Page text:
he saw the probability of strong competition for the money, with
people having loyalties to their own disciplines and not readily
able to take a dispassionate view. So he came down for the independent
body but with a shared secretariat. In fact he put, if I remember
rightly, the secretariat with the body where it is already located.
But the conflict of interest issue led us to come to the view
that it would be better to distance the secretariat.
41. Would there be then any link to such bodies as the Arts
Council and the new Culture Department, which would be analogous
in some ways with the links which the research councils have with
(Sir Ron Dearing) We did not go into that. I think
that would be sensible, if I may say so, to have such links.
42. I merely wanted to say, my Lord Chairman, how very much
I have agreed with everything you have said about the new research
council. I think, and I have believed for a very long time, that
it is an essential missing feature of our research support system
and I very much hope that you win on this one. It ought to be
independent of the other research councils and even if it reports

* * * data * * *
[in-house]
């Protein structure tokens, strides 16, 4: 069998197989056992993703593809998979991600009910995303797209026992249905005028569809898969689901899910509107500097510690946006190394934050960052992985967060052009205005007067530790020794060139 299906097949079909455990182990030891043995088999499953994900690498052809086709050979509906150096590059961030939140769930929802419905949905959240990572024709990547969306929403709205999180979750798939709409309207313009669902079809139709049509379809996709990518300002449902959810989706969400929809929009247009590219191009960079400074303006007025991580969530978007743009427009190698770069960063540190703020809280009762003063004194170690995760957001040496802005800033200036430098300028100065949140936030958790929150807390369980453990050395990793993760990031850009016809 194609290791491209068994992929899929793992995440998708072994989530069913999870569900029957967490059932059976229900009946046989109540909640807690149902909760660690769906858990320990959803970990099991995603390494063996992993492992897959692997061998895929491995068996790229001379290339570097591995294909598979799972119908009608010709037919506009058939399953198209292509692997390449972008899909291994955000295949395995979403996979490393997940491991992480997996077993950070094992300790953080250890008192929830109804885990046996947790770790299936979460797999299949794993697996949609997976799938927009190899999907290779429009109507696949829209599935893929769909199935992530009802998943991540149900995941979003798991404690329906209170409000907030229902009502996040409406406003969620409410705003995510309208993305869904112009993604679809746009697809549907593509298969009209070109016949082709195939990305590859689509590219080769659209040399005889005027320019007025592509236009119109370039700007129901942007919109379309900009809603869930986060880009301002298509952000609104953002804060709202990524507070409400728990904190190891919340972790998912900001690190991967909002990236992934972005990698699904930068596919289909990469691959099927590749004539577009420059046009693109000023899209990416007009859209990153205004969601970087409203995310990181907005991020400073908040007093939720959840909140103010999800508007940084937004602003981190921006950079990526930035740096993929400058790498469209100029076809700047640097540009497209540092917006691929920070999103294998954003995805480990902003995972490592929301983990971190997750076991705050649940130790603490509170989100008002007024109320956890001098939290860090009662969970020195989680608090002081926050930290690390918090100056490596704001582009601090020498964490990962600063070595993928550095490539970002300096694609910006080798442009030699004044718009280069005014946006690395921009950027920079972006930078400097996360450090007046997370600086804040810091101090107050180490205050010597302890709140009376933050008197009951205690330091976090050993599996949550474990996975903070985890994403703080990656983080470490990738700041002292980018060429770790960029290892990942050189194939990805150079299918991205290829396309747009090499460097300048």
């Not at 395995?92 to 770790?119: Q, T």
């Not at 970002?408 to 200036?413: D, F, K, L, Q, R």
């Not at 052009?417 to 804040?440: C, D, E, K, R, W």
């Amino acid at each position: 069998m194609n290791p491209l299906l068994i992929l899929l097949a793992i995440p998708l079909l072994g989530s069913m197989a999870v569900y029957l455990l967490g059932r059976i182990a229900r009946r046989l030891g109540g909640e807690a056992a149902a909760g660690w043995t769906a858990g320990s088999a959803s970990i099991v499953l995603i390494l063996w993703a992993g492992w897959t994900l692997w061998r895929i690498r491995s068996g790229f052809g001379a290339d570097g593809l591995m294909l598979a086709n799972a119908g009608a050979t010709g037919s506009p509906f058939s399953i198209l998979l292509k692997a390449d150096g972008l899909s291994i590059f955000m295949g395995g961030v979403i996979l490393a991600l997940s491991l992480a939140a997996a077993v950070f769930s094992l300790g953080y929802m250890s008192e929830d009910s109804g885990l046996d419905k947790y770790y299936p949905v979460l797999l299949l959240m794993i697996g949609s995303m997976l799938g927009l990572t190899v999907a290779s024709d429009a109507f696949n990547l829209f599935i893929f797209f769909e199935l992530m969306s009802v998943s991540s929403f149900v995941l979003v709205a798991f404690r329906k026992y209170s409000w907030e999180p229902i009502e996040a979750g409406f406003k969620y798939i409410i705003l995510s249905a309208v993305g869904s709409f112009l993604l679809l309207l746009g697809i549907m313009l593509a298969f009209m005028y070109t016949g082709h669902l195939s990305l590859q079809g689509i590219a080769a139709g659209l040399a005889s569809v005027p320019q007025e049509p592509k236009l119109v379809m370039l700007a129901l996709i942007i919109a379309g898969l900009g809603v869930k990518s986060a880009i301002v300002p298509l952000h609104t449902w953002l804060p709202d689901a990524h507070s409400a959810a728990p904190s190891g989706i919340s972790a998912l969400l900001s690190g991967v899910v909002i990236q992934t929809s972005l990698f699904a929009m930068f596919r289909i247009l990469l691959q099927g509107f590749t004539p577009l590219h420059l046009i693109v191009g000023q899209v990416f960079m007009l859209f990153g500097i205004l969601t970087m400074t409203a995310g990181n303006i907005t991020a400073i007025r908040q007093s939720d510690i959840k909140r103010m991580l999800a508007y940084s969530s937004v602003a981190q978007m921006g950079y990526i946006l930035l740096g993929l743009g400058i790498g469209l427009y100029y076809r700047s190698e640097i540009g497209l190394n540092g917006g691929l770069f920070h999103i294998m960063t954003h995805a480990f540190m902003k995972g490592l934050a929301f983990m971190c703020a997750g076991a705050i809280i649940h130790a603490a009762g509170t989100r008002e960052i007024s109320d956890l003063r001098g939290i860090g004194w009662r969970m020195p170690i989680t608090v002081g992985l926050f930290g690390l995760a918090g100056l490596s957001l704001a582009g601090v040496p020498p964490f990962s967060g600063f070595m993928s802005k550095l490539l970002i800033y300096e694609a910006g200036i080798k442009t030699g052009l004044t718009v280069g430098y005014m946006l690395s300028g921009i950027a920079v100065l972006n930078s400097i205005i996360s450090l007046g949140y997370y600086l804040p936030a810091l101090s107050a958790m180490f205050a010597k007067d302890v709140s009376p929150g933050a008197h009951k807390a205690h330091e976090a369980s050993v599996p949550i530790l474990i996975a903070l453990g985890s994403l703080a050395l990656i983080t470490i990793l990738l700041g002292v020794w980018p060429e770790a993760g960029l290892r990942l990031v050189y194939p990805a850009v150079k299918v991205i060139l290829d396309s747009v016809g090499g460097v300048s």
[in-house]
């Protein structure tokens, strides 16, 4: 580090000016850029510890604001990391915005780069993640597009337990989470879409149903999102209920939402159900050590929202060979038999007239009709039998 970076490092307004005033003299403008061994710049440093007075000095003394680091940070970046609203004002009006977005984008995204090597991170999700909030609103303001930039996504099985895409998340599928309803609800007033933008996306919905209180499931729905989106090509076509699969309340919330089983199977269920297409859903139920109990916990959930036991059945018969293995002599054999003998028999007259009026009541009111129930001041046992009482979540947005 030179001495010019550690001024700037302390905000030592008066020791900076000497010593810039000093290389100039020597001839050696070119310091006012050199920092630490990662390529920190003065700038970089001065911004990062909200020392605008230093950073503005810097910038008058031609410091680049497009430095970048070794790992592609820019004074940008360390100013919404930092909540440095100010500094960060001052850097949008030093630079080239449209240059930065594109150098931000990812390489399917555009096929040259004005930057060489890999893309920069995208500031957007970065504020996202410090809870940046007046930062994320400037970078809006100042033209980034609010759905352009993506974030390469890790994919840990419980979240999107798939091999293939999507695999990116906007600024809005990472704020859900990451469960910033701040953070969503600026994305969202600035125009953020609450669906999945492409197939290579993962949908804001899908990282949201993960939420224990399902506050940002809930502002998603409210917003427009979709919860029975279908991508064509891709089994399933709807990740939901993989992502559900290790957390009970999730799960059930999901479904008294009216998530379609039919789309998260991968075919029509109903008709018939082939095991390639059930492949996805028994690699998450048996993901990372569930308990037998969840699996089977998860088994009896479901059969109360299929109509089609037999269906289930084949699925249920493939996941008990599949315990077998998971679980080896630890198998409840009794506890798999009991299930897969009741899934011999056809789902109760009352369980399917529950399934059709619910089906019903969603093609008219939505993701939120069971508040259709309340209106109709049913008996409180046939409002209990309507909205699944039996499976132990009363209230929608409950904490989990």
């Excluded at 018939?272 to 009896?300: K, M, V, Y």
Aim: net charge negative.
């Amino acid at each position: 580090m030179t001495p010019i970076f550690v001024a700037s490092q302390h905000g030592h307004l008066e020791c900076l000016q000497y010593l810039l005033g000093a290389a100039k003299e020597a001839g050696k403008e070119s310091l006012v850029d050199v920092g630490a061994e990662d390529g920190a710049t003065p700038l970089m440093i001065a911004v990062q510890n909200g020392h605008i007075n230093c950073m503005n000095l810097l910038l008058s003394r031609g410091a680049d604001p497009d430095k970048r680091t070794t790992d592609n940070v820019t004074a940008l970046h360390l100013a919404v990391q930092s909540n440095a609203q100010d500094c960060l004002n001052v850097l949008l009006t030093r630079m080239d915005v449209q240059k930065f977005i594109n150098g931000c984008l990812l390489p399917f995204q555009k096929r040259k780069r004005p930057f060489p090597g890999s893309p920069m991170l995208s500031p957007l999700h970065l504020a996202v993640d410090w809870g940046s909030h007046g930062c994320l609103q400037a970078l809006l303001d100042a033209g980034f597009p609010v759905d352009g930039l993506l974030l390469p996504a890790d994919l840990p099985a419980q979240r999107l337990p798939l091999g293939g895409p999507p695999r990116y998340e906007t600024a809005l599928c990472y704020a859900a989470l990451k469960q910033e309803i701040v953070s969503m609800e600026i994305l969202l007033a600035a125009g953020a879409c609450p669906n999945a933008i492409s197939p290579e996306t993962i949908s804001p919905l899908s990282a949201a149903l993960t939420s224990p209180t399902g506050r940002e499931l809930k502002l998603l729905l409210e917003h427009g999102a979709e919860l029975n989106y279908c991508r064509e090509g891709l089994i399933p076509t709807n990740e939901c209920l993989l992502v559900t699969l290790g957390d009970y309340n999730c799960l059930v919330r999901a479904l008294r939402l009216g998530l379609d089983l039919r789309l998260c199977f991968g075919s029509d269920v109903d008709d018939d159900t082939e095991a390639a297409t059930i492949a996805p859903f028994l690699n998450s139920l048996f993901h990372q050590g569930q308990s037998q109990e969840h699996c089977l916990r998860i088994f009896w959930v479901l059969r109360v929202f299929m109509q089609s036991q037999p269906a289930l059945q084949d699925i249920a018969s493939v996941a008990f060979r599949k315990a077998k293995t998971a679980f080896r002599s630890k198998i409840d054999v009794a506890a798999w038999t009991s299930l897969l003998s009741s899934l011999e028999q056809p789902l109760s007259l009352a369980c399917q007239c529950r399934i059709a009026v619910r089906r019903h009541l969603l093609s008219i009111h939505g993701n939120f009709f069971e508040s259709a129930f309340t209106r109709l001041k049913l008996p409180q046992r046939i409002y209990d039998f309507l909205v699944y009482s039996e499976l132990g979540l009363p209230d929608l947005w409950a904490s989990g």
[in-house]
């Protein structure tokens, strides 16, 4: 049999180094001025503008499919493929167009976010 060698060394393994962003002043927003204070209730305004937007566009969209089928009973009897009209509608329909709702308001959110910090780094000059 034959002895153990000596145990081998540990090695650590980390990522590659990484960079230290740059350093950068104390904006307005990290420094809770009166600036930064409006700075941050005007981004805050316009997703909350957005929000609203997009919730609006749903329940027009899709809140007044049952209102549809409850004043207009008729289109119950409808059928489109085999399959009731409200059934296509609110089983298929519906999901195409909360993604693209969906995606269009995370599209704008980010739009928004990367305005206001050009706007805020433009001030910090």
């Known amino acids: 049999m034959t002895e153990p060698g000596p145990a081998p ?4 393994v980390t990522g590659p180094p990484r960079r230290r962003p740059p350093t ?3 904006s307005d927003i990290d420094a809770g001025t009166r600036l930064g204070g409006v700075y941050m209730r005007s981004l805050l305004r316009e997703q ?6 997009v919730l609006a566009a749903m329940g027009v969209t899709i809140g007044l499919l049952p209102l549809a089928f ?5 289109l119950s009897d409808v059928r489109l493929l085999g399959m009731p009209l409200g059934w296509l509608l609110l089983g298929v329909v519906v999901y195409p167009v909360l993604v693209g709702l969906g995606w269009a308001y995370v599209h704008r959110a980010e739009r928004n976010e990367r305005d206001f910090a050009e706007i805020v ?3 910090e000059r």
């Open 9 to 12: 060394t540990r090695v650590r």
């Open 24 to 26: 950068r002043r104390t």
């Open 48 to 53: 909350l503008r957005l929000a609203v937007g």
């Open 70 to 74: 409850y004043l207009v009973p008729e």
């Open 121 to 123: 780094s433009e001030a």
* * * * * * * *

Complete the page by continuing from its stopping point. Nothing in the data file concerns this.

to the same overarching organisation for pay and rations purposes,
it ought to have its own links to all the various societies in
this region and so on and so forth.
(Sir Ron Dearing) Yes.
43. But my question is, who is going to progress this? I
have a horrible feeling that the sort of arguments which have
arisen before to this suggestion, because it is not new, will
arise again, namely that the sum of money is not large enough
to support somebody of any stature running it and it would be
much better if it ran as a small division of some other body and
so on and so forth, Treasury-like arguments, if I may put it that
way, Sir Ron.
Follow-up to the report
(Sir Ron Dearing) Yes. This issue worries the Committee
for all 90-odd of its recommendations. I wrote an article to the
THES last week saying, "Who is going to be the champion of
this report?" Our Secretary, Shirley Trundle, anticipated
this problem and in the final chapter of the report, she details
off action on every recommendation against the government departments,
the funding councils, the CVCP and so on, so we have got them
in our sights. Thirdly, we decided that although we have finished
our task, we are not minded to disappear entirely, not remaining
as a government organisation or government-appointed body, but
as a community which has devoted a good deal of time passionately
to their report. We have agreed we shall meet again and again
to progress this report. That is the best we can do, I think.